Recordkeeping alters economic history by promoting reciprocity

Sudipta Basu, John Dickhaut, Gary Hecht, Kristy Towry, Gregory Waymire

Research output: Contribution to journalArticlepeer-review


We experimentally demonstrate a causal link between recordkeeping and reciprocal exchange. Recordkeeping improves memory of past interactions in a complex exchange environment, which promotes reputation formation and decision coordination. Economies with recordkeeping exhibit a beneficially altered economic history where the risks of exchanging with strangers are substantially lessened. Our findings are consistent with prior assertions that complex and extensive reciprocity requires sophisticated memory to store information on past transactions. We offer insights on this research by scientifically demonstrating that reciprocity can be facilitated by information storage external to the brain. This is consistent with the archaeological record, which suggests that prehistoric transaction records and the invention of writing for recordkeeping were linked to increased complexity in human interaction.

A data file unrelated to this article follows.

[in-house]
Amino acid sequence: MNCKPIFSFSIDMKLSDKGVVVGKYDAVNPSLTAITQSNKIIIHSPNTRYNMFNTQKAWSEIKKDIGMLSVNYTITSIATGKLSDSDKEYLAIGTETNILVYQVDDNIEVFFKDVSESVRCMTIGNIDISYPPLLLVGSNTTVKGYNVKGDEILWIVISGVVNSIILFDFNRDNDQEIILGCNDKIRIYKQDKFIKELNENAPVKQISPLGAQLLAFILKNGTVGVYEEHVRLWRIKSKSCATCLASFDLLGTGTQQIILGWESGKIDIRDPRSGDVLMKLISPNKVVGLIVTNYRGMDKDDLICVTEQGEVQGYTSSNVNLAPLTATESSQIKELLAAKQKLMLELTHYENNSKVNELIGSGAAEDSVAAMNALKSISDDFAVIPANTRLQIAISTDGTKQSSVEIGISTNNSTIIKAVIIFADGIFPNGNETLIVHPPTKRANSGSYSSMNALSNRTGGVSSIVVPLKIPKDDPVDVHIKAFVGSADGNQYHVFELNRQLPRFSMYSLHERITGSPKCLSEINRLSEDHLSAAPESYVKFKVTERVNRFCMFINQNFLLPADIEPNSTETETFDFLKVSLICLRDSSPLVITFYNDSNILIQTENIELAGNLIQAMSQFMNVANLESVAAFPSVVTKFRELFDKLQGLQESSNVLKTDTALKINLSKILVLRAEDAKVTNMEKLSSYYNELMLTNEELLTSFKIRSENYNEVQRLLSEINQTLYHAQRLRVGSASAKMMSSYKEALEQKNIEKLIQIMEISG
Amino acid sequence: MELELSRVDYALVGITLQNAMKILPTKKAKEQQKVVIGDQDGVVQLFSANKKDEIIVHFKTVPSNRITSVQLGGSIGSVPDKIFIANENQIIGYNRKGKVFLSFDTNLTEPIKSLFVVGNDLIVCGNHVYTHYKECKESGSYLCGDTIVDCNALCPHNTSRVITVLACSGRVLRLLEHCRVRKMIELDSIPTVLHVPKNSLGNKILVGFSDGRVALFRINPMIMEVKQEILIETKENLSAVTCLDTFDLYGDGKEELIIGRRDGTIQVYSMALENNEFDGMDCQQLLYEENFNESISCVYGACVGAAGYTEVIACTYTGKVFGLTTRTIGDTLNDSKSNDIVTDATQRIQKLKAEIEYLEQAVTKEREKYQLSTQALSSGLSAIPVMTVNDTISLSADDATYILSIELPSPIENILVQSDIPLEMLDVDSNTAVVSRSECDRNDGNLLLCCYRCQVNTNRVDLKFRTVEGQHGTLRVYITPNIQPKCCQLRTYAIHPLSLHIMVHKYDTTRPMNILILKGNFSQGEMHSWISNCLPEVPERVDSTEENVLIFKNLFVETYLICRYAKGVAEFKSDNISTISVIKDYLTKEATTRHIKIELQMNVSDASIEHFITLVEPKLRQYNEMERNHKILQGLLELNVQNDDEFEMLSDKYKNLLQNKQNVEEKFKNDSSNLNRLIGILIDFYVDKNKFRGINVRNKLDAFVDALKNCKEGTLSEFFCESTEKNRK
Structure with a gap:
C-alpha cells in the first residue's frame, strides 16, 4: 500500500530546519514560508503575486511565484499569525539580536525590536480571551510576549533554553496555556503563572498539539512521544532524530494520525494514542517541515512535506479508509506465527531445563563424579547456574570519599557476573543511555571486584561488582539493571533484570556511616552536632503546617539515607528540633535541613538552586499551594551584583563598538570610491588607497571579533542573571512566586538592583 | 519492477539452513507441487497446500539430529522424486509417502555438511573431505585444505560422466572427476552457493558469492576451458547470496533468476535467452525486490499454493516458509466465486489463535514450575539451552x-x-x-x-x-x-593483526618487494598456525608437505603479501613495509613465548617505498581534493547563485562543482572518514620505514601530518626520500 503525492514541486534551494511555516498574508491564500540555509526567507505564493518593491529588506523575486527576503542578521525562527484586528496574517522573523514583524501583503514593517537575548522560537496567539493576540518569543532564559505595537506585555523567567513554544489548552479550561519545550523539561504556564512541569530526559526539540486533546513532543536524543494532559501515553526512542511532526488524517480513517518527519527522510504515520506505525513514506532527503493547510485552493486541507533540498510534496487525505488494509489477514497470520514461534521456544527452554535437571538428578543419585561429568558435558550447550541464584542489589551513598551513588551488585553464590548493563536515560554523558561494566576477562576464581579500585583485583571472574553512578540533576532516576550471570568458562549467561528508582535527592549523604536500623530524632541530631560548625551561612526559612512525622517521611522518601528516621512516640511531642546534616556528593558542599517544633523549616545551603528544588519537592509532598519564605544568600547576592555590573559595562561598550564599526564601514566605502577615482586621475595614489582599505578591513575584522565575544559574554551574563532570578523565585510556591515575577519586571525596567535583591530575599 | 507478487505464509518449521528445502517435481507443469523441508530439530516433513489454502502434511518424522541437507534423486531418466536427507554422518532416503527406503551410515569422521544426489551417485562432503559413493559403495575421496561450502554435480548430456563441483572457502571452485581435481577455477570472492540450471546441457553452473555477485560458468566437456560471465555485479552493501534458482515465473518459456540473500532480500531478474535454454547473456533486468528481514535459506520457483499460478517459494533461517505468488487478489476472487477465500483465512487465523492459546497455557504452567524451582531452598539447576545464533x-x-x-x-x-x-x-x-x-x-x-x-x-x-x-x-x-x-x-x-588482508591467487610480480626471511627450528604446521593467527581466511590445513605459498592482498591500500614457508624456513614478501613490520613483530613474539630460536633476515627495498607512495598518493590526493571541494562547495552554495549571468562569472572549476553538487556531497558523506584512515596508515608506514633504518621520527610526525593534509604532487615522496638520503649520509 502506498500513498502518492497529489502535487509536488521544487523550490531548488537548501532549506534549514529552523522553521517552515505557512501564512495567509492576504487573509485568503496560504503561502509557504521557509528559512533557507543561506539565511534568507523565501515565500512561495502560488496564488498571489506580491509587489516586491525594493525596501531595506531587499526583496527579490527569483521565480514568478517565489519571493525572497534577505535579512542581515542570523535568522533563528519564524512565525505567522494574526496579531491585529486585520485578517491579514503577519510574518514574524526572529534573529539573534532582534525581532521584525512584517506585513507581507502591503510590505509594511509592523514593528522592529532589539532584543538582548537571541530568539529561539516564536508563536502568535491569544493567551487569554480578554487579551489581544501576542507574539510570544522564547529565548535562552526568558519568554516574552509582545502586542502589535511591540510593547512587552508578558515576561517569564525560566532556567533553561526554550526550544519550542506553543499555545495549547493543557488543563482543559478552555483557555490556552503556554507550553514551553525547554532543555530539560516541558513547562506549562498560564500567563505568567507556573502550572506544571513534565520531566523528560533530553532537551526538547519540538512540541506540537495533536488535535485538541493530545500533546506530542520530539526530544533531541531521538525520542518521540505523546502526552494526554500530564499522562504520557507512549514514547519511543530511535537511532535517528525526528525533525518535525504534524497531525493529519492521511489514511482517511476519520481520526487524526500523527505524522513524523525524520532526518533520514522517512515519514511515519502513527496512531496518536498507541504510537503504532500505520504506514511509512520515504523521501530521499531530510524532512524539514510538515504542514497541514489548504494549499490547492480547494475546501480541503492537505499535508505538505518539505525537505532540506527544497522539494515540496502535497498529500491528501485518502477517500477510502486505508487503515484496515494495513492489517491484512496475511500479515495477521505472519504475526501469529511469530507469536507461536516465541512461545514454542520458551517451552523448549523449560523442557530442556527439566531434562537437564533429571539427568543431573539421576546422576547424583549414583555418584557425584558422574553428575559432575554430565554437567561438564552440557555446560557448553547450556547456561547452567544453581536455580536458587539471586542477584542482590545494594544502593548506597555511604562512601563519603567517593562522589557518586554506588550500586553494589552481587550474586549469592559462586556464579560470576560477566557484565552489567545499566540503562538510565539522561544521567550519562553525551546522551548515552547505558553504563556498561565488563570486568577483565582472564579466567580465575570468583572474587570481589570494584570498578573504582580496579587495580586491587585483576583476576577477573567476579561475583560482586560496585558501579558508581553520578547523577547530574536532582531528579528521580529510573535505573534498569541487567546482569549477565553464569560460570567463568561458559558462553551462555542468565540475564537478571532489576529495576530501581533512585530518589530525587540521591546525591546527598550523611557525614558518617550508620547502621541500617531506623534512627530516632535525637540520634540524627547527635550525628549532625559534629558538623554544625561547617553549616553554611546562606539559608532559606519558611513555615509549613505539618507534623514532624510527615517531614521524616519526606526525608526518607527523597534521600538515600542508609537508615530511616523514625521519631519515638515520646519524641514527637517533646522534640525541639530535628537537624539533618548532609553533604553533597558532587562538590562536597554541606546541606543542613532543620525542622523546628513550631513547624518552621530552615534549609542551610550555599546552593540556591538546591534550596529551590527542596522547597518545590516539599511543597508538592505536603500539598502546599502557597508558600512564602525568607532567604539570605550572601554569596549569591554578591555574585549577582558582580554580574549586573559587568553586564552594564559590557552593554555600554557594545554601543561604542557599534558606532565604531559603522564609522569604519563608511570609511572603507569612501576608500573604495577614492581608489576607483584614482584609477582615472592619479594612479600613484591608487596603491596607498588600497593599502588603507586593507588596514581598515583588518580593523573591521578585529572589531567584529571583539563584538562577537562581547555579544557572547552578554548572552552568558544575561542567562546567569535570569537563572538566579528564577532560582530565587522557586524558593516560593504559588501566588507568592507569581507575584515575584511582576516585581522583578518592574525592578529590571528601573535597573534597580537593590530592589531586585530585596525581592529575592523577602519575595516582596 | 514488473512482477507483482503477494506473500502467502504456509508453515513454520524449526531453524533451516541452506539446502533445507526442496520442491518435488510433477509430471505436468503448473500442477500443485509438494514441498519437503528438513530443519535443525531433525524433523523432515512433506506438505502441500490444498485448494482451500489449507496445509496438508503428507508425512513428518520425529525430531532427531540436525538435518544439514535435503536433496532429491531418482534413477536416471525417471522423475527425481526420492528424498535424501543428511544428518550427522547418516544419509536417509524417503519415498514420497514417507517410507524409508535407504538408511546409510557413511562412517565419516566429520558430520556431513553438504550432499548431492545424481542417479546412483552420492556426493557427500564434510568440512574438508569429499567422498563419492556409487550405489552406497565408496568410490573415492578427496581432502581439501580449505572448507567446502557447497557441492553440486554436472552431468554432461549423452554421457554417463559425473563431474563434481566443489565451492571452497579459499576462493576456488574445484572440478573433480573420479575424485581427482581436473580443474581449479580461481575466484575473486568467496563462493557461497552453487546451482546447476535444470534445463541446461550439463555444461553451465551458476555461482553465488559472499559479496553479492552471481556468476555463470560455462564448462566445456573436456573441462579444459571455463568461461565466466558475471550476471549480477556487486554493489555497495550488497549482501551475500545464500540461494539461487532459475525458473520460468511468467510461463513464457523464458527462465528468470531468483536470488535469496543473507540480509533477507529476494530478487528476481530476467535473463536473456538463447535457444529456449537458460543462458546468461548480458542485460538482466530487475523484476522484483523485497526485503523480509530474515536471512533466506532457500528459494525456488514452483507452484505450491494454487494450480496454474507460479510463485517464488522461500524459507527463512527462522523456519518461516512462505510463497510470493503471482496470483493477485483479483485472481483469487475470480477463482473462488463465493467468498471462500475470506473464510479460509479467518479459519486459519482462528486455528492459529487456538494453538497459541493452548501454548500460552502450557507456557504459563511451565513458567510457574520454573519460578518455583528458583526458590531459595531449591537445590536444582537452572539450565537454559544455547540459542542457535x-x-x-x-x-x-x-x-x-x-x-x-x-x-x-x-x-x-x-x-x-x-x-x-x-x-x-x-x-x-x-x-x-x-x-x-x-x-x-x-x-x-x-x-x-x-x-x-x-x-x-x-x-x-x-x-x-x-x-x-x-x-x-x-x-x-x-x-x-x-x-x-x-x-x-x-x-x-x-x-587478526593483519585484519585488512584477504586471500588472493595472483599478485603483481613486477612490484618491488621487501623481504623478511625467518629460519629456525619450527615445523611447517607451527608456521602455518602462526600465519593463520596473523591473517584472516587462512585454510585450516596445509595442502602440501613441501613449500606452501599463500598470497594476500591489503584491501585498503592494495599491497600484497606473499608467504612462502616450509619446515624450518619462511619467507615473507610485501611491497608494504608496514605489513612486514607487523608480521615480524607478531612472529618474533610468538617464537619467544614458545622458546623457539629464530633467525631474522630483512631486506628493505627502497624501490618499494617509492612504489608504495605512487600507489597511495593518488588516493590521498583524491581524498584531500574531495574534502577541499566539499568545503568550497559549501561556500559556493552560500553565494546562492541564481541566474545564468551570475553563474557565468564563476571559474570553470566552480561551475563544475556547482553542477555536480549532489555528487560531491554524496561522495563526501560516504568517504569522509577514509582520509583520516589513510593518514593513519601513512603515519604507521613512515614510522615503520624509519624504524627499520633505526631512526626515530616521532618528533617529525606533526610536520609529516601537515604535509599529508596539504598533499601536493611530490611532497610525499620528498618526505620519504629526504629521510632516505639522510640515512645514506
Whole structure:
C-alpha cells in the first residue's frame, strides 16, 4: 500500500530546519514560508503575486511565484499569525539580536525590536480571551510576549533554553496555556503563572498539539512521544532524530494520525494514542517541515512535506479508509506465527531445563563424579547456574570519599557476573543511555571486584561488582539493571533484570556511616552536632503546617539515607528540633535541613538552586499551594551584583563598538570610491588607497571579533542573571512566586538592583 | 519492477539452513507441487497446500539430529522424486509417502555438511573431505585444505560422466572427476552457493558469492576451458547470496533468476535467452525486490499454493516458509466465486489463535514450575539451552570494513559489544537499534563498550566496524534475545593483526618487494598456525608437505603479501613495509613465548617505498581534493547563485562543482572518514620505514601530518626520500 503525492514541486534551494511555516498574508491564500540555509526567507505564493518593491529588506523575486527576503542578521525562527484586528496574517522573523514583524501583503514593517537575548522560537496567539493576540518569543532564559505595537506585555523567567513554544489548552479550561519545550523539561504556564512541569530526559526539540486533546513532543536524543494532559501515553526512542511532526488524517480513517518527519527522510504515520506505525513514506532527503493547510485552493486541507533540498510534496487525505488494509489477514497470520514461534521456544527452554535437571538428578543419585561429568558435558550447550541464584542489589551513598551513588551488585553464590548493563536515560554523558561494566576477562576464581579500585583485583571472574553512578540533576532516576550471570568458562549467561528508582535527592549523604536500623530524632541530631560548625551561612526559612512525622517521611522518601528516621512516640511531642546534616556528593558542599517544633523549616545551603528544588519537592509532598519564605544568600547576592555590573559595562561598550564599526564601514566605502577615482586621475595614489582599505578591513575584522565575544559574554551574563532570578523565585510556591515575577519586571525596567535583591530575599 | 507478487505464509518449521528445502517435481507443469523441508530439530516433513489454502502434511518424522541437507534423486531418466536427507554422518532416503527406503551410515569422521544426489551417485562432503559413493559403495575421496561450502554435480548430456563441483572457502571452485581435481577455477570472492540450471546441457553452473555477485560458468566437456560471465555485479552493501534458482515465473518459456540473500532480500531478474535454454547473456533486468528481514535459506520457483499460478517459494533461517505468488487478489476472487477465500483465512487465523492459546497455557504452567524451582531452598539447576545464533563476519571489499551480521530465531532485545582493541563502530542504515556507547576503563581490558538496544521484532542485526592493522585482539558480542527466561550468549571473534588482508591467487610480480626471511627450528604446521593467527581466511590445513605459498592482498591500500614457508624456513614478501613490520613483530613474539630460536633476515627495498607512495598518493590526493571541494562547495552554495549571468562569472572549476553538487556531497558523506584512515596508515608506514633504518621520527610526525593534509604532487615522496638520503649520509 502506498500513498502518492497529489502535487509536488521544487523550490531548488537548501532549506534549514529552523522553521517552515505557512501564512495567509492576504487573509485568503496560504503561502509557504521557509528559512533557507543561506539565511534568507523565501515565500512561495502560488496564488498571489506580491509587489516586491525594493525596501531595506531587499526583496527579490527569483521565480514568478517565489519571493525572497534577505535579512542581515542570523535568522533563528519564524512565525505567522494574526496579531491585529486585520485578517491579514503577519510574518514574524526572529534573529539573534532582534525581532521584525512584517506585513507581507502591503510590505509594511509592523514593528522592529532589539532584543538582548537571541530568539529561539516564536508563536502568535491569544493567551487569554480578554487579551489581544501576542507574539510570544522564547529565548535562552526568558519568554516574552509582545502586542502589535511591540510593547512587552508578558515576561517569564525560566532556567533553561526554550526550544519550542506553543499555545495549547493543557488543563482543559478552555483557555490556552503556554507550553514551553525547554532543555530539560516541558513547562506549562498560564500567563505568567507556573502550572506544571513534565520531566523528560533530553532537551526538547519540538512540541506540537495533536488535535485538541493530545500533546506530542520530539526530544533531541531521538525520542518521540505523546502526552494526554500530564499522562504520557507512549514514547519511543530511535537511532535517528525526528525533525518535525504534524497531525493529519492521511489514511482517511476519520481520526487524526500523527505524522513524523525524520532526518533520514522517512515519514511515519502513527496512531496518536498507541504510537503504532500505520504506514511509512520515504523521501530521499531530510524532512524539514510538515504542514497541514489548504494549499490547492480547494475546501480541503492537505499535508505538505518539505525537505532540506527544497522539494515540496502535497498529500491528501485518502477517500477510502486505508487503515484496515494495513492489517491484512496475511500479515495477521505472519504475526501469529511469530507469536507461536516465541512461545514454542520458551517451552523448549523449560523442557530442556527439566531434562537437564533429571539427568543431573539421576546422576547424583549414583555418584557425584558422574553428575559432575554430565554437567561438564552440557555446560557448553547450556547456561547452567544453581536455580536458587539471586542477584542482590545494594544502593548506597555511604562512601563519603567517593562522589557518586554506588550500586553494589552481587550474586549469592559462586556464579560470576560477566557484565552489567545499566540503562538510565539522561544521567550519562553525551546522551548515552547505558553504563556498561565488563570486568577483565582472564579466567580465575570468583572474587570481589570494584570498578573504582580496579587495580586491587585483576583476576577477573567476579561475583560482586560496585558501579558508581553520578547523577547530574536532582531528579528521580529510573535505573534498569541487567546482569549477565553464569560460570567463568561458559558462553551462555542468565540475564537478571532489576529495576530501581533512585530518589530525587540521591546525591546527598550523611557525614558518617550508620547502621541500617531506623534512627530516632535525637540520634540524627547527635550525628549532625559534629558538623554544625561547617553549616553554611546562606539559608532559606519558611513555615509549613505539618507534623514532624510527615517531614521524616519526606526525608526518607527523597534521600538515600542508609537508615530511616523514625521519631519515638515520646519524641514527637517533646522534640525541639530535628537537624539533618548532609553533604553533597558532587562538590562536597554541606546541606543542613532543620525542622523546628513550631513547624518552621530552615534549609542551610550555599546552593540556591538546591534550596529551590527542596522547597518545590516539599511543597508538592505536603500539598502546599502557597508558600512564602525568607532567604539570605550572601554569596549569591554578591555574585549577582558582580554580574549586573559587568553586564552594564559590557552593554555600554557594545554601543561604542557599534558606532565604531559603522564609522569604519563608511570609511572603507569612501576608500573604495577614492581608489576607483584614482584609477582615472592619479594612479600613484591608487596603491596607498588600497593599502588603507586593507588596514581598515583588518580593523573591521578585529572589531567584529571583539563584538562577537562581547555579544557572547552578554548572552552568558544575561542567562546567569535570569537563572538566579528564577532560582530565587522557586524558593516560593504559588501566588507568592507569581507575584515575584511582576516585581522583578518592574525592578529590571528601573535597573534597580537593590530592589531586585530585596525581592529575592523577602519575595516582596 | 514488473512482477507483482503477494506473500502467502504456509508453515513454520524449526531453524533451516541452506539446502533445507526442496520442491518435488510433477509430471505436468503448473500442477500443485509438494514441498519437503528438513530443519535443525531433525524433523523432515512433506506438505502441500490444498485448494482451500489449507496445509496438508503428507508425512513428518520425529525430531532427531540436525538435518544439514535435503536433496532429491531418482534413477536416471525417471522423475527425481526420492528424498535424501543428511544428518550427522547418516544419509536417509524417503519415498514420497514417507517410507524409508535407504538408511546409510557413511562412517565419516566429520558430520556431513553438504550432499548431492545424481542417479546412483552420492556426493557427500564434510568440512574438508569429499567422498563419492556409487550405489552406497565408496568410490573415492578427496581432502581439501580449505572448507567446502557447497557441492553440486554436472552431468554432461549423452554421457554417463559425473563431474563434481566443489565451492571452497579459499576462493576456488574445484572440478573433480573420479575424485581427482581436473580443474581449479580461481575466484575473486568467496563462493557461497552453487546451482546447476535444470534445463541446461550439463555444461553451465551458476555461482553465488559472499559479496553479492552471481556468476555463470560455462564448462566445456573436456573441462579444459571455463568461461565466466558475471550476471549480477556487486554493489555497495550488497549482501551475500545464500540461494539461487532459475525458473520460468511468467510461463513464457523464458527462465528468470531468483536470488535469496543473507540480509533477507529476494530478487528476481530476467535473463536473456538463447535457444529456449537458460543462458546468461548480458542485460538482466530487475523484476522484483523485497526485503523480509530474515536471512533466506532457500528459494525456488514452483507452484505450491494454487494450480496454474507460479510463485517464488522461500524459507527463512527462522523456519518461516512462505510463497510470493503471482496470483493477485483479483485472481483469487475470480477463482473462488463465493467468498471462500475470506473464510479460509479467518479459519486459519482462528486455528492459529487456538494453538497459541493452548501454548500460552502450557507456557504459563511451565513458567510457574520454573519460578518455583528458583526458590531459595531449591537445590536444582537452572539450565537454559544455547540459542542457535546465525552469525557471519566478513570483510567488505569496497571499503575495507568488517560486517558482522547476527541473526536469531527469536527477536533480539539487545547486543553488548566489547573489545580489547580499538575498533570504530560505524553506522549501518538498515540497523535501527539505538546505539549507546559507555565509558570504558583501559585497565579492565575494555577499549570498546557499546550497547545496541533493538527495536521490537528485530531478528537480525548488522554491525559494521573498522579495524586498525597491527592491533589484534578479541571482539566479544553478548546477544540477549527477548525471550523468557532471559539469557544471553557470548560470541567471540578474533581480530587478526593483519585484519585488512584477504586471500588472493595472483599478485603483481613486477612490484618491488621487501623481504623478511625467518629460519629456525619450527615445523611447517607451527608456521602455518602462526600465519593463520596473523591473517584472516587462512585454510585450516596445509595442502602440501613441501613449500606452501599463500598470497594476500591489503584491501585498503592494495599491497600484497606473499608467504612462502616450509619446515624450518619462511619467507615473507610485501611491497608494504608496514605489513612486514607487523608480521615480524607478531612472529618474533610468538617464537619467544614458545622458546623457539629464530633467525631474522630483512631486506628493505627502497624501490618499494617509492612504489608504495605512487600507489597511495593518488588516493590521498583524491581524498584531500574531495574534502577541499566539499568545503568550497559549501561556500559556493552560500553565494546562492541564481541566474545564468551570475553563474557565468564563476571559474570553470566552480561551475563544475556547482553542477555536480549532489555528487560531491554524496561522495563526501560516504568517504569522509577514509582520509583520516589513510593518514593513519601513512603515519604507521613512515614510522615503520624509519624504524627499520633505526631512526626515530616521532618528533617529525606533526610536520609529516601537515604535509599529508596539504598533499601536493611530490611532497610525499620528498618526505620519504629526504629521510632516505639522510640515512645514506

Original languageEnglish (US)
Pages (from-to)1009-1014
Number of pages6
JournalProceedings of the National Academy of Sciences of the United States of America
Issue number4
StatePublished - Jan 27 2009
Externally publishedYes


  • Accounting
  • Economic institutions
  • Image score
  • Memory
  • Trust

ASJC Scopus subject areas

  • General


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